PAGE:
Every week when I sit down to write this column in my office, one of my prize possessions is hanging on the wall over my left shoulder – a framed NME magazine cover from 1981, autographed by Edwyn Collins, the lead singer of Scottish group Orange Juice. One of my other prize possessions is sitting in the ‘O’ section of a box of 7″ singles not far away. That would be “Blueboy,” the third single release by the very same Orange Juice, Postcard Records 80-2. Actually, I have two copies of the 7″ sitting in the box. To explain the impact that single had on my life to this point cannot be measured. To a large degree, it is the reason why I am sitting here and writing this column here today, and precipitated the journey in music that has led to this point.
We all have those epochal moments where music changed our lives. To many in recent generations it may have been “Smells like Teen Spirit”. To older folk it was more than likely The Beatles. For another group of people, it was late 70′s punk rock, something that indeed touched my life. But it was this Orange Juice single that really changed mine. It all started one early Sunday morning, listening to the local public radio station. And “Blueboy” came on. I’m not sure what it was, or why it happened, but that two minutes and 52 seconds grabbed my attention, and I never looked back. Sure I had bought records before, some of them even vaguely alternative, and I had been a fan of more than one group to that point. But that Orange Juice song, with its barreling rhythm guitar introduction and the slightly off key vocals, made me an instant devotee. And it was a trigger to a world of other music. Writers compared Edwyn & co. to the Velvet Underground, and so I set out to investigate Lou and John and Sterling and Mo. A snapshot of a lyric (“I wore my fringe like Roger McGuinn”) meant I was on the hunt for The Byrds. Subway Sect, Wire, The Modern Lovers, The Go-Betweens, The Triffids – the paths to new music were numerous. I collected more Postcard Records, and the Aztec Camera singles led me to Love and other gems from late 60′s LA. Al Green, Chic… the list goes on. And of course Orange Juice became the first band who’s records I obsessively collected – 7″, flexidiscs, 10″, 12″ with alternate versions, I had to have them all. A set of vinyl, incidentally, which has followed me around the world.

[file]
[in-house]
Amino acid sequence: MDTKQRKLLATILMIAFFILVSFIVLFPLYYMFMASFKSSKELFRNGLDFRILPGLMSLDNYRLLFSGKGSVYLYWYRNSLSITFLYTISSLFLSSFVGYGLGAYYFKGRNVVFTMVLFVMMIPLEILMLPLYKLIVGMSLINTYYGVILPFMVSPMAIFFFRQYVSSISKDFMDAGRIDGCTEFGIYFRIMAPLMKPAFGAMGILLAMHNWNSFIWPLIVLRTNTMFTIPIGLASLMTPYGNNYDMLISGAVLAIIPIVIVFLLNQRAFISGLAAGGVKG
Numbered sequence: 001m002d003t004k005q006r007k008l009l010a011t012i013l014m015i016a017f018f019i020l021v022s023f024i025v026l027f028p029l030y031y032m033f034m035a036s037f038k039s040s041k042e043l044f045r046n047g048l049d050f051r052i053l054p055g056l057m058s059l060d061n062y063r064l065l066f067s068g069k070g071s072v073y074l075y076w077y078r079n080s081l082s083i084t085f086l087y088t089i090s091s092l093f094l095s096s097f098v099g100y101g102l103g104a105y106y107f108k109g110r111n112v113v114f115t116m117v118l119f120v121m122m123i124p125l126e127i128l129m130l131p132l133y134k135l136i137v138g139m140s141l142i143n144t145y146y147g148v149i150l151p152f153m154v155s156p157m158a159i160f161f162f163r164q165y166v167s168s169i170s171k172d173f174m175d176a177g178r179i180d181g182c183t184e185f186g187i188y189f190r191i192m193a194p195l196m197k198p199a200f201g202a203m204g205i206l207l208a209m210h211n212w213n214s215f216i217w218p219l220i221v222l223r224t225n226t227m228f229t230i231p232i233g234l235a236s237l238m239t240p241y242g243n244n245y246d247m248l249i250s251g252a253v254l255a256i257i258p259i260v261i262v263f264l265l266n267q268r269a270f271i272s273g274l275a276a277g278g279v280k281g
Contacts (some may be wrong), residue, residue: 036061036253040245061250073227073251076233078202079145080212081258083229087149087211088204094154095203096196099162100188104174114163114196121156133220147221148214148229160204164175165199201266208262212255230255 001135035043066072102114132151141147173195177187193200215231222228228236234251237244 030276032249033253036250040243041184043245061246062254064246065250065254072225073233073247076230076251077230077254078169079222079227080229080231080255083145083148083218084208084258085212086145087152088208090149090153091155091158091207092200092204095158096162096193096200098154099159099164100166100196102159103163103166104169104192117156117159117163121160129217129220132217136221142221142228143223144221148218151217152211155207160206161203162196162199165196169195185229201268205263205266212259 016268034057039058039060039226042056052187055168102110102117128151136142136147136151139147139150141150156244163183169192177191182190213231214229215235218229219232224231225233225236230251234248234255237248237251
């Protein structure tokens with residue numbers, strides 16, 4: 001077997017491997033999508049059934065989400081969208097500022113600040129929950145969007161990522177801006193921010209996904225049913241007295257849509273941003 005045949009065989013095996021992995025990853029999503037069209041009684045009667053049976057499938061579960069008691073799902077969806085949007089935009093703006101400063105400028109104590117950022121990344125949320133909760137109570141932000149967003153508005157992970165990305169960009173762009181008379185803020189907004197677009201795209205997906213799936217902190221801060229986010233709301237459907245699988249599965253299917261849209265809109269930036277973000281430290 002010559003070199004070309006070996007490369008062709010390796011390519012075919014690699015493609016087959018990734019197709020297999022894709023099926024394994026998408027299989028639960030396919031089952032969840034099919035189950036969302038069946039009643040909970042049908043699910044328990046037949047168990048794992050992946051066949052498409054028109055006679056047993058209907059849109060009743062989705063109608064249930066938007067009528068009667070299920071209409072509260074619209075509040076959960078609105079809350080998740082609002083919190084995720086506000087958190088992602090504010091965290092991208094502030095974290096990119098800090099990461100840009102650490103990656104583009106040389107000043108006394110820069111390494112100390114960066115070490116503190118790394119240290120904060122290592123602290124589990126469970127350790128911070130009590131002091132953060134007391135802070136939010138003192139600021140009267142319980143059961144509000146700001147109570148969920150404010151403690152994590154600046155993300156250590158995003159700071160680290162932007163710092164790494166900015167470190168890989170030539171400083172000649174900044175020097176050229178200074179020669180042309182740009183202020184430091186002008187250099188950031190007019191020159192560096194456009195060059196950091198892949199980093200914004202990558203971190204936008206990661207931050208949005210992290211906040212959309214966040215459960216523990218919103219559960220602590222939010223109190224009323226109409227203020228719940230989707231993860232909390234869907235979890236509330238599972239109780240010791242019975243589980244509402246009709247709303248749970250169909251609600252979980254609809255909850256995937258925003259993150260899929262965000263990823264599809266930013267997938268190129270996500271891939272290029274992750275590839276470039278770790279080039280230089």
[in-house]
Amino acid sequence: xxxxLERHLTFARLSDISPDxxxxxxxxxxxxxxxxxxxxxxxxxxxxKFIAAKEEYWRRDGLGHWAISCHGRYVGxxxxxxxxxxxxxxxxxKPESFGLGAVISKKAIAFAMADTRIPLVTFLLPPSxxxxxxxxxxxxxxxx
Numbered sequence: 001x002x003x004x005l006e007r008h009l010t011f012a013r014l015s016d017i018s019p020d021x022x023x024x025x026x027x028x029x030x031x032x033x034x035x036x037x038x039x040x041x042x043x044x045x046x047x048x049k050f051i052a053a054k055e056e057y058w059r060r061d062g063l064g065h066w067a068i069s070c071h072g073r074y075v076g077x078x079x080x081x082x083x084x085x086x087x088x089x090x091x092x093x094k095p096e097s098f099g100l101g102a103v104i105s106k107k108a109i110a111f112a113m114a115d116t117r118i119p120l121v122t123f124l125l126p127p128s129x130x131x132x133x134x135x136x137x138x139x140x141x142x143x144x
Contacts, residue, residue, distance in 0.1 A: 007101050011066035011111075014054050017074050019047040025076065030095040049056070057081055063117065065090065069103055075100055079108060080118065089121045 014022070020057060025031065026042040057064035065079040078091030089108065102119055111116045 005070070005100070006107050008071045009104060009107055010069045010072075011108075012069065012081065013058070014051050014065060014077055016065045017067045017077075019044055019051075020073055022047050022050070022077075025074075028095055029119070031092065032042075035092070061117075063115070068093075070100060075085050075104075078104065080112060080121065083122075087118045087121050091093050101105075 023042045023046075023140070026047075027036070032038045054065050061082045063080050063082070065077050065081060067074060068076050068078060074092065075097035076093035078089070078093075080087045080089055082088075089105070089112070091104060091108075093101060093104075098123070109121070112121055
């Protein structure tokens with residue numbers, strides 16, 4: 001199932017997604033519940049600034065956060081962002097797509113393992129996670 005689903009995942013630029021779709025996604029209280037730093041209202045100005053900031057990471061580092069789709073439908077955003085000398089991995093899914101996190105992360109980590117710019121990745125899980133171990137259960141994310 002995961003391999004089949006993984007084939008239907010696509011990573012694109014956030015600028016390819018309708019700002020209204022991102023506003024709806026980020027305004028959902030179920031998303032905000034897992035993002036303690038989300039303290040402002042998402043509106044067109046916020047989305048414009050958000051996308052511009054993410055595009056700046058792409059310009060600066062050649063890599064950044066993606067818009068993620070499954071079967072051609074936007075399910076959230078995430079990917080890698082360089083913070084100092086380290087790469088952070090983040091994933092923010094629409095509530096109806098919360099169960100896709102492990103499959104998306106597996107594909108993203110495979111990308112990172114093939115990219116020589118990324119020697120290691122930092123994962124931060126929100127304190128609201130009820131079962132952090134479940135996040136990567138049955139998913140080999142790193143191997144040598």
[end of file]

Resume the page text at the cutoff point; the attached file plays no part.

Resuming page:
But it didn’t just stop there. The Postcard label was the inspiration for me to be involved in music – I started on public radio (yes the same station mentioned above), began helping out musicians, started my own label, and ended up moving across the world to release music and sign bands. When I started a record label, my guiding light was Postcard – that’s what I wanted to emulate. Later on I was privileged to release an EP of Postcard Records tracks, including an Orange Juice song – probably my most thrilling moment as a label owner. Though it wasnt just me. Talk to Creation founder Alan McGee, and he’ll wax lyrical in the same way about the influence of Postcard, and how it was the germination for his forays into music too – so without that Scottish label maybe we wouldn’t have had Oasis and My Bloody Valentine. The list of other labels influenced in the same way is endless- Heavenly, Sarah, Slumberland… And there is no doubting that Orange Juice opened up a world of Scottish music at the same time. If there was no Orange Juice, maybe there would be no Jesus & Mary Chain, no Primal Scream, no Teenage Fanclub. And more than one contemporary group, Franz Ferdinand and Belle and Sebastian being just a sampling, have gone on the record citing the lasting influence of the Glasgow four piece led by Edwyn Collins.
And so why I am writing this today? Well, for one thing to revel in the glory of music, and the profound lasting impact it can have on our lives. That is what some people in the biz sometimes forget. It IS about the music. And how much it can mean to people. You never know when that one song – albeit on radio or some crackly old LP or an MP3 – will suddenly grab someone’s life and launch them on a journey just like mine. It is magical.
I’m also writing this because on Monday Domino Records released Coals to Newcastle – a lovingly curated and expansive box set of all Orange Juice’s recordings. 6 CDs and 1 DVD of the finest in Glasgow post-punk. All the albums are there, from the sparkling debut You Can’t Hide Your Love Forever to the final force majeure, The Orange Juice, remastered and ready to be discovered, or rediscovered. Do you believe in magic? Because this collection is full to the brim with it. And “Blueboy”? Indeed, that’s in there too. What more can I say? Buy it. I will be.
-Cool Hand Luke